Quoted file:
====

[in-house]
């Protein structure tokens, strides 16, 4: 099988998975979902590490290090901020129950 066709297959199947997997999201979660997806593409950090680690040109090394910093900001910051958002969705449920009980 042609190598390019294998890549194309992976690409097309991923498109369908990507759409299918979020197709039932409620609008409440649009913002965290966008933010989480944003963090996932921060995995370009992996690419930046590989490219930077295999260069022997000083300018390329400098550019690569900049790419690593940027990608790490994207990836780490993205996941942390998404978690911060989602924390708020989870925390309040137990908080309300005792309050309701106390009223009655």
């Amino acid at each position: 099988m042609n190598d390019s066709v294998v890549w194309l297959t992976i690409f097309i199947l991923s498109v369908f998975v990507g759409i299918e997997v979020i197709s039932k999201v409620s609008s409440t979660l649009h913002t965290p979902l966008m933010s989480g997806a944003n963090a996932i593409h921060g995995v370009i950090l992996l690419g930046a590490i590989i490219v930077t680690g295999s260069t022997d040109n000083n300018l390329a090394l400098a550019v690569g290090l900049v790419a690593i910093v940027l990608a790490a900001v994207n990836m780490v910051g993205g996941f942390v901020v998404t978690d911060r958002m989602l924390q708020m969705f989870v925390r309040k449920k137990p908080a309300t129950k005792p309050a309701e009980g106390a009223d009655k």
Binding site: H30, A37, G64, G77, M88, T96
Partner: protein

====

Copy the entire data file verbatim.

[in-house]
């Protein structure tokens, strides 16, 4: 099988998975979902590490290090901020129950 066709297959199947997997999201979660997806593409950090680690040109090394910093900001910051958002969705449920009980 042609190598390019294998890549194309992976690409097309991923498109369908990507759409299918979020197709039932409620609008409440649009913002965290966008933010989480944003963090996932921060995995370009992996690419930046590989490219930077295999260069022997000083300018390329400098550019690569900049790419690593940027990608790490994207990836780490993205996941942390998404978690911060989602924390708020989870925390309040137990908080309300005792309050309701106390009223009655």
């Amino acid at each position: 099988m042609n190598d390019s066709v294998v890549w194309l297959t992976i690409f097309i199947l991923s498109v369908f998975v990507g759409i299918e997997v979020i197709s039932k999201v409620s609008s409440t979660l649009h913002t965290p979902l966008m933010s989480g997806a944003n963090a996932i593409h921060g995995v370009i950090l992996l690419g930046a590490i590989i490219v930077t680690g295999s260069t022997d040109n000083n300018l390329a090394l400098a550019v690569g290090l900049v790419a690593i910093v940027l990608a790490a900001v994207n990836m780490v910051g993205g996941f942390v901020v998404t978690d911060r958002m989602l924390q708020m969705f989870v925390r309040k449920k137990p908080a309300t129950k005792p309050a309701e009980g106390a009223d009655k």
Binding site: H30, A37, G64, G77, M88, T96
Partner: protein